As the internet population grows and the influence of the internet over people grows as a result, the internet becomes an increasingly accessible tool to spread one’s views and attitudes. Trolls in recent years have received increasing coverage as their numbers grew and their tactics more malicious. Discussions on how to combat them have popped up, out of which, the phrase “Don’t feed the trolls” came from. But, how does this strategy actually work out and how can these social parasites be cut from their host?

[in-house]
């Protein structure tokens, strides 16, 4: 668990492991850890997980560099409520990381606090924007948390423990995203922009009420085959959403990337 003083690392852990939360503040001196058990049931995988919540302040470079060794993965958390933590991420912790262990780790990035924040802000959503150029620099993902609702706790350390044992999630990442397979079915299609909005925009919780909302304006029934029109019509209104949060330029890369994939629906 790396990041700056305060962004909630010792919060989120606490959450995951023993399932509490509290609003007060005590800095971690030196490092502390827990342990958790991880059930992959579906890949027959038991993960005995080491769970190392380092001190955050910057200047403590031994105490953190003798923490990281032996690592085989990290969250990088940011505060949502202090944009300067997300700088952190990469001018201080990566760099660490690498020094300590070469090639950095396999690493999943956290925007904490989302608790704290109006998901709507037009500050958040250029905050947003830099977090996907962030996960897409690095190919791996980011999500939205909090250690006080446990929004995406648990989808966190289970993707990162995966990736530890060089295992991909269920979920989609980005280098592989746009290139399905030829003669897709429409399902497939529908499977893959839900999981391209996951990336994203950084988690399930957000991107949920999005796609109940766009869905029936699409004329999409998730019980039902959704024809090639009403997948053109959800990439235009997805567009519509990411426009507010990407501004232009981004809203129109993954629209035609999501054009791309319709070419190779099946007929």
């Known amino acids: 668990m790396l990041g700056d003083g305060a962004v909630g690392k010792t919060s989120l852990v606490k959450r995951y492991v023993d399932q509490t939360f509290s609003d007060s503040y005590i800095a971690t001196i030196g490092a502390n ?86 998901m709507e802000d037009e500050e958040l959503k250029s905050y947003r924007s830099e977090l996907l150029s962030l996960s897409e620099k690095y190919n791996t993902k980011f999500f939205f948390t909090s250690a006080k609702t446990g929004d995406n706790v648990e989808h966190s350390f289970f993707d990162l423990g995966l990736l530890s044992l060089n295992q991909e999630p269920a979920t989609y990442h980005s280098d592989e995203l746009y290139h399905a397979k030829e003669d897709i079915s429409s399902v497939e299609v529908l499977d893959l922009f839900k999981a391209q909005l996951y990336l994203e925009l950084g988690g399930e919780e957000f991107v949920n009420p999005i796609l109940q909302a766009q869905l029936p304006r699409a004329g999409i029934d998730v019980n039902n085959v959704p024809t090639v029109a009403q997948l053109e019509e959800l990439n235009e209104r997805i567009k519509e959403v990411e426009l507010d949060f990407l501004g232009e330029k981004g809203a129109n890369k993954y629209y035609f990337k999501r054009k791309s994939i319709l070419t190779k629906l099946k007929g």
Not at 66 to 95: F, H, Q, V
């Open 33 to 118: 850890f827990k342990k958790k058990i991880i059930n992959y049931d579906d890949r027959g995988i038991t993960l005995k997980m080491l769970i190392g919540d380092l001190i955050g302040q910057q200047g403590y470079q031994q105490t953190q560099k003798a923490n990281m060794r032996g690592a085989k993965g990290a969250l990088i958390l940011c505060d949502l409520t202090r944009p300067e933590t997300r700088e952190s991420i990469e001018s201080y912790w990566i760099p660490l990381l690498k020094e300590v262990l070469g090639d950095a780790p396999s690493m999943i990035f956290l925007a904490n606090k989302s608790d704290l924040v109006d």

A Twitter follower reminded me of a line in the famous parable from Bion of Borysthenes: “Boys throw stones at frogs in fun, but the frogs do not die in fun, but in earnest.” Defenders of trolling insist it’s all just a joke, but if trolling is inherently designed to get a rise out of someone, then that’s what it really is. In many cases, it is designed to look and feel indistinguishable from a genuine attack. Whether you believe what you are saying or not is often immaterial because the impact is the same — and you are responsible for it, regardless of how funny you think it is. It is a lesson kids learn time and time again on the playground, and yet, it is ridiculously difficult for people to accept the same basic notion in online culture, no matter their age. Why is that so? Because those are the social norms that develop when you create a culture where everything is supposed to be a joke.
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